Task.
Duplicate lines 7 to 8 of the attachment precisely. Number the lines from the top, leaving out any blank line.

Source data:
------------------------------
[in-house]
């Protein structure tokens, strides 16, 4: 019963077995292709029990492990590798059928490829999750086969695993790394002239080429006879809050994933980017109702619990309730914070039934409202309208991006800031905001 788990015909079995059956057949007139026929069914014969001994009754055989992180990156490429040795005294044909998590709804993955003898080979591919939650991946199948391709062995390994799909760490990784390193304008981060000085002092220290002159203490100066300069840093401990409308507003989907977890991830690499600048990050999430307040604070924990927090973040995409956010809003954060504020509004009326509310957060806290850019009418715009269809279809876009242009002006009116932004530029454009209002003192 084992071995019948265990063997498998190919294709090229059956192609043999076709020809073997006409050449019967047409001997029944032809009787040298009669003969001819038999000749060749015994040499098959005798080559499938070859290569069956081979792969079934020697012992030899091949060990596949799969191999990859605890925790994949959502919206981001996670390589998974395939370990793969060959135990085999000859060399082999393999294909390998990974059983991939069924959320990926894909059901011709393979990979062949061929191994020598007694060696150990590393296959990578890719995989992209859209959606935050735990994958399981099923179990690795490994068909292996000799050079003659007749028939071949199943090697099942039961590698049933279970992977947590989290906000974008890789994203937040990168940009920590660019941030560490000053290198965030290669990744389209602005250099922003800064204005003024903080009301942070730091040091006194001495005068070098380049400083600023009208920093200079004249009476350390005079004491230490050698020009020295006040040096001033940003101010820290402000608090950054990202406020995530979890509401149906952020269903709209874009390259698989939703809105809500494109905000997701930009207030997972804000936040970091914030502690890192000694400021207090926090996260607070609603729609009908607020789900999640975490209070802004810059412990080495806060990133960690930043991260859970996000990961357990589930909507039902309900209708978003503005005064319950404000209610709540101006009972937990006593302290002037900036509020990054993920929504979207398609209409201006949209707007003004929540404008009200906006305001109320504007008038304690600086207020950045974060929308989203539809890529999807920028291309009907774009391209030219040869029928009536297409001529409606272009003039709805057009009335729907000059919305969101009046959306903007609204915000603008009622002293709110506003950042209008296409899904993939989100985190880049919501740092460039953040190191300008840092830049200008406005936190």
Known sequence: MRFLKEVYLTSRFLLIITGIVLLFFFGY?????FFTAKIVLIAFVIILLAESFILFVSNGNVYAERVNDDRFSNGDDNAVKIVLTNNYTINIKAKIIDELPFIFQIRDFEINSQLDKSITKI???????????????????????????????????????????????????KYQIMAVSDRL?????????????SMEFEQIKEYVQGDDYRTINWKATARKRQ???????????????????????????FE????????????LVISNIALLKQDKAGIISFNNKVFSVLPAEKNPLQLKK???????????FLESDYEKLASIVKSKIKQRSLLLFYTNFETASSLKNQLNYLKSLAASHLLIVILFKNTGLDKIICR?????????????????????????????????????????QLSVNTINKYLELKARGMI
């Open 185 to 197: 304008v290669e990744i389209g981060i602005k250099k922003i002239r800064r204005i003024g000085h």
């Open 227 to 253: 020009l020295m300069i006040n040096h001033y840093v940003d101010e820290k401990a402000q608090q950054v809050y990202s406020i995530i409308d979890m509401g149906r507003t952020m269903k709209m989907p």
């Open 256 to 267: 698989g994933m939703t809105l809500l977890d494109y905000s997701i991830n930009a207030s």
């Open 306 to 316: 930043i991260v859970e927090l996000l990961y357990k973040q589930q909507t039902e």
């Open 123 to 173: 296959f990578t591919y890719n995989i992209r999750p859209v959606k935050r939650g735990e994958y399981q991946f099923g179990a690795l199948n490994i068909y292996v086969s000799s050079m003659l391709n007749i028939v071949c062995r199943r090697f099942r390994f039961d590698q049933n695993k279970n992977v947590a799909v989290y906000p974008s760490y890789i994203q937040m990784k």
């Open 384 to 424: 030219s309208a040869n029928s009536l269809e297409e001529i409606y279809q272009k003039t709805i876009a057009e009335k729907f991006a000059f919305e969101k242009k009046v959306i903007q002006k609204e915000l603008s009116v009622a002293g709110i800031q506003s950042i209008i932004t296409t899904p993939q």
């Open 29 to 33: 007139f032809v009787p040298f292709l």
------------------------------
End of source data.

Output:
């Open 306 to 316: 930043i991260v859970e927090l996000l990961y357990k973040q589930q909507t039902e």
């Open 123 to 173: 296959f990578t591919y890719n995989i992209r999750p859209v959606k935050r939650g735990e994958y399981q991946f099923g179990a690795l199948n490994i068909y292996v086969s000799s050079m003659l391709n007749i028939v071949c062995r199943r090697f099942r390994f039961d590698q049933n695993k279970n992977v947590a799909v989290y906000p974008s760490y890789i994203q937040m990784k």